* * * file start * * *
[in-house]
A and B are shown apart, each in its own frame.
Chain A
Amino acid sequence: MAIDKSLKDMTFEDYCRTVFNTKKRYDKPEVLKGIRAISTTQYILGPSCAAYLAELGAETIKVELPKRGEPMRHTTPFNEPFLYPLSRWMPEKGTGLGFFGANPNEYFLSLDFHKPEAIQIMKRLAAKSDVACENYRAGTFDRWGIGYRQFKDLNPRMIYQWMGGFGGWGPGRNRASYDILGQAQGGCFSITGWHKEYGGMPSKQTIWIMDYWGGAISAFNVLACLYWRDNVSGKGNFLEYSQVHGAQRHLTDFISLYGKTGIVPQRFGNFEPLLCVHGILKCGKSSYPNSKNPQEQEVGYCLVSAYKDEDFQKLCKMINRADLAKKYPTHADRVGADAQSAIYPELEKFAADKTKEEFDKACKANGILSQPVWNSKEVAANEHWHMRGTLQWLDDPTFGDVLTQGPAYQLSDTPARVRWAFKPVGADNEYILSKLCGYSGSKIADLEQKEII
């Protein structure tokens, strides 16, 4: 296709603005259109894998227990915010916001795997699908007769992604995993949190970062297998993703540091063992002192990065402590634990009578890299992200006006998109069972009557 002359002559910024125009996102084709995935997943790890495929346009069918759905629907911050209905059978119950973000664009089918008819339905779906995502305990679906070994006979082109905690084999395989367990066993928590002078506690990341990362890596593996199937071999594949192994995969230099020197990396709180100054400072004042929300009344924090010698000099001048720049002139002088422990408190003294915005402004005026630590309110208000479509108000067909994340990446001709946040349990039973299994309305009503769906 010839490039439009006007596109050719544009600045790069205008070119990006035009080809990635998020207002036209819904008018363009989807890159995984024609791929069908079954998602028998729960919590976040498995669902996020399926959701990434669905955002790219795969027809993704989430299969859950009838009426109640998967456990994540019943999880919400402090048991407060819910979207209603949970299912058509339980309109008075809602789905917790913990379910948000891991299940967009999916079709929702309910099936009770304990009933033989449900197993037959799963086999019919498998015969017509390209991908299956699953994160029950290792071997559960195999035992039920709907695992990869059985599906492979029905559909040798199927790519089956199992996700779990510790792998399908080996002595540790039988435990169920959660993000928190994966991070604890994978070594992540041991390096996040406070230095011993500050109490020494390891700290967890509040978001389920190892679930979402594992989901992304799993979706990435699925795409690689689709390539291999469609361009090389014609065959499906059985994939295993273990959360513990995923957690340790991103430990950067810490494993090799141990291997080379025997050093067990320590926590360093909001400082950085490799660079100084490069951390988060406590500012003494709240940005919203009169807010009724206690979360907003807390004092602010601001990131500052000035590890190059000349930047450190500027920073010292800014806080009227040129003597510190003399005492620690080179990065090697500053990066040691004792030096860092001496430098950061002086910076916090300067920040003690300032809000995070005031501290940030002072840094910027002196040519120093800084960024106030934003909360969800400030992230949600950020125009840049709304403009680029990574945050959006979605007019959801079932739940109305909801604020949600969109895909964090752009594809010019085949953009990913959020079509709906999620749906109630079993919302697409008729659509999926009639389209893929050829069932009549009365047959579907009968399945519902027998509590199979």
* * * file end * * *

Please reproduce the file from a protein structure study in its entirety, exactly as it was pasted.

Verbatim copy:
[in-house]
A and B are shown apart, each in its own frame.
Chain A
Amino acid sequence: MAIDKSLKDMTFEDYCRTVFNTKKRYDKPEVLKGIRAISTTQYILGPSCAAYLAELGAETIKVELPKRGEPMRHTTPFNEPFLYPLSRWMPEKGTGLGFFGANPNEYFLSLDFHKPEAIQIMKRLAAKSDVACENYRAGTFDRWGIGYRQFKDLNPRMIYQWMGGFGGWGPGRNRASYDILGQAQGGCFSITGWHKEYGGMPSKQTIWIMDYWGGAISAFNVLACLYWRDNVSGKGNFLEYSQVHGAQRHLTDFISLYGKTGIVPQRFGNFEPLLCVHGILKCGKSSYPNSKNPQEQEVGYCLVSAYKDEDFQKLCKMINRADLAKKYPTHADRVGADAQSAIYPELEKFAADKTKEEFDKACKANGILSQPVWNSKEVAANEHWHMRGTLQWLDDPTFGDVLTQGPAYQLSDTPARVRWAFKPVGADNEYILSKLCGYSGSKIADLEQKEII
């Protein structure tokens, strides 16, 4: 296709603005259109894998227990915010916001795997699908007769992604995993949190970062297998993703540091063992002192990065402590634990009578890299992200006006998109069972009557 002359002559910024125009996102084709995935997943790890495929346009069918759905629907911050209905059978119950973000664009089918008819339905779906995502305990679906070994006979082109905690084999395989367990066993928590002078506690990341990362890596593996199937071999594949192994995969230099020197990396709180100054400072004042929300009344924090010698000099001048720049002139002088422990408190003294915005402004005026630590309110208000479509108000067909994340990446001709946040349990039973299994309305009503769906 010839490039439009006007596109050719544009600045790069205008070119990006035009080809990635998020207002036209819904008018363009989807890159995984024609791929069908079954998602028998729960919590976040498995669902996020399926959701990434669905955002790219795969027809993704989430299969859950009838009426109640998967456990994540019943999880919400402090048991407060819910979207209603949970299912058509339980309109008075809602789905917790913990379910948000891991299940967009999916079709929702309910099936009770304990009933033989449900197993037959799963086999019919498998015969017509390209991908299956699953994160029950290792071997559960195999035992039920709907695992990869059985599906492979029905559909040798199927790519089956199992996700779990510790792998399908080996002595540790039988435990169920959660993000928190994966991070604890994978070594992540041991390096996040406070230095011993500050109490020494390891700290967890509040978001389920190892679930979402594992989901992304799993979706990435699925795409690689689709390539291999469609361009090389014609065959499906059985994939295993273990959360513990995923957690340790991103430990950067810490494993090799141990291997080379025997050093067990320590926590360093909001400082950085490799660079100084490069951390988060406590500012003494709240940005919203009169807010009724206690979360907003807390004092602010601001990131500052000035590890190059000349930047450190500027920073010292800014806080009227040129003597510190003399005492620690080179990065090697500053990066040691004792030096860092001496430098950061002086910076916090300067920040003690300032809000995070005031501290940030002072840094910027002196040519120093800084960024106030934003909360969800400030992230949600950020125009840049709304403009680029990574945050959006979605007019959801079932739940109305909801604020949600969109895909964090752009594809010019085949953009990913959020079509709906999620749906109630079993919302697409008729659509999926009639389209893929050829069932009549009365047959579907009968399945519902027998509590199979």